This topic is to discuss the following lesson:
Very Nice lesson. Appreciate it!
how about hierarchical tocken bucket (HTB)? how many bucket that we use in HTB, and how the policier take the token from the bucket
Nice explanation. I have one query though.
With the single rate tri colour policing, if we don’t mention the bc and be values in the cli command, then they both are same. If we have a single burst which is exceeding bc value, then what will happen? Since be is also same as bc will the packet be dropped ( considering that this has violated ) or will the packet pass through if the number of tokens in bc+be is more than the burst arriving?
When you use single rate three colour policing and don’t specify the bc/be values then you will have two buckets that have the same size. When there are not enough tokens in the bc bucket, it will be empty and we will get some extra tokens from the be bucket…you are now exceeding.
If you send a burst and there are not enough tokens in the bc+be buckets combined, that’s when you are violating and your packet will be dropped.
This lesson and your website in general is awesome! Just one thing, am I missing something or there is no lesson with configuration of this stuff? You mentioned “I will explain to you how to configure it on a Cisco router.”, but I can’t find it?
Glad to hear you like it! It seems I never did create the configuration tutorial for policing…I’ll create it tomorrow or monday
I look forward to configuaration tutorial mentioned by You. I hope it will happen soon
It’s right here:
Very clear lesson, keep up the good work.
Nice lesson, and good explanation.
I’ve been having trouble visualizing the different policing/bucket methods and this helped a lot. Great lesson!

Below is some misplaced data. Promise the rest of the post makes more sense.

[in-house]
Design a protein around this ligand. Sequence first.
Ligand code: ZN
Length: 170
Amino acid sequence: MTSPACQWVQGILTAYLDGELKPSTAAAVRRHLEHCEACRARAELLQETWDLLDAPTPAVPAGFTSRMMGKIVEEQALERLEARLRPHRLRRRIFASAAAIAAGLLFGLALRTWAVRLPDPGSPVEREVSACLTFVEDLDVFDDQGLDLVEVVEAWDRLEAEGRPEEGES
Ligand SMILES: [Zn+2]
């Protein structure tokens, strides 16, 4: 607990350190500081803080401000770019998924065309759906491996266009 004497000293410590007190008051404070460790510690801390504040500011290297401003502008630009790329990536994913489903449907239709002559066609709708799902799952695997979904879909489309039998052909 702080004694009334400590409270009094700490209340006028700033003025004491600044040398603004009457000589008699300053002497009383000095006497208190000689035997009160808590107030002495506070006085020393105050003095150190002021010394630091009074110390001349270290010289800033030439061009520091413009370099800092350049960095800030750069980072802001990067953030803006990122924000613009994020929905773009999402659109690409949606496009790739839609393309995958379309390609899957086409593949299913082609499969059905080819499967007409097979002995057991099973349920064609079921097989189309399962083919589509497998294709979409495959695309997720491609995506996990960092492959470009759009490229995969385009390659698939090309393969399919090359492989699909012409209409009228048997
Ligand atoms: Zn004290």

In term of bandwidth control, shape will be better than policer? As Shape will buffer the exceeded traffic but policer will be drop once exceeded.
It depends what you want to achieve.
For example, the ISP will probably use policing since they don’t want to waste resources to buffer customer packets exceeding traffic.
The customer however probably doesn’t want packet drops so they will configure shaping to match the rate that the ISP polices at.
Also keep in mind that shaping adds delay so it’s not a good idea to use this for realtime traffic like VoIP.
Got it. Thanks!
Thanks for the clear explaination.
However, can you explain the best practice which policer is use for which applications?
Example: single rate two Colour for voice traffic?
When will i use singe rate 3 color and when to use dual rate 3 Color?
Policing is typically implemented by ISPs to limit the traffic of their customers so it will depend on the traffic contract that they sell you.
The single rate two color policer might be a bit unfair since it doesn’t allow bursting. With a CIR of 128kbps then you’ll only be able to reach 128kbps if you keep sending traffic non-stop.
The single rate three color policer allows bursting. Since data traffic is “bursty” by nature, this is probably a bit more fair to use. When your connection is idle, you can accumulate up to the Be and spend your Bc+Be when required.
The Dual rate three-color policer is useful when the ISP is selling more bandwidth than they actually can offer. It’s very unlikely that all customers are sending at maximum capacity all the time so they can offer you a “dual rate” contract. You might pay for a CIR of 128kbps and go up to 256kbps when the network is underutilized.
How actually we calculate the BC and BE base on the CIR. What is the standard we should set?
Is the calculation below correct?
CAR (Police) formula: Bc = CIR / 8 * Tc (Default Tc = 1.5 seconds) Be = 2 * Bc
How Be is calculated depends on what type of policer is being used.
Single Rate, Two Color Policer Bc = CIR/32 Be = 0
Single Rate, Three Color Policer Bc = CIR/32 Be = Bc
Two Rate, Three Color Policer Bc = CIR/32 Be = PIR/32 (Peak Information Rate)
Will there any different for the result if we set CIR/32 vs CIR/8 for the BE for the Single Rate, Three color policer?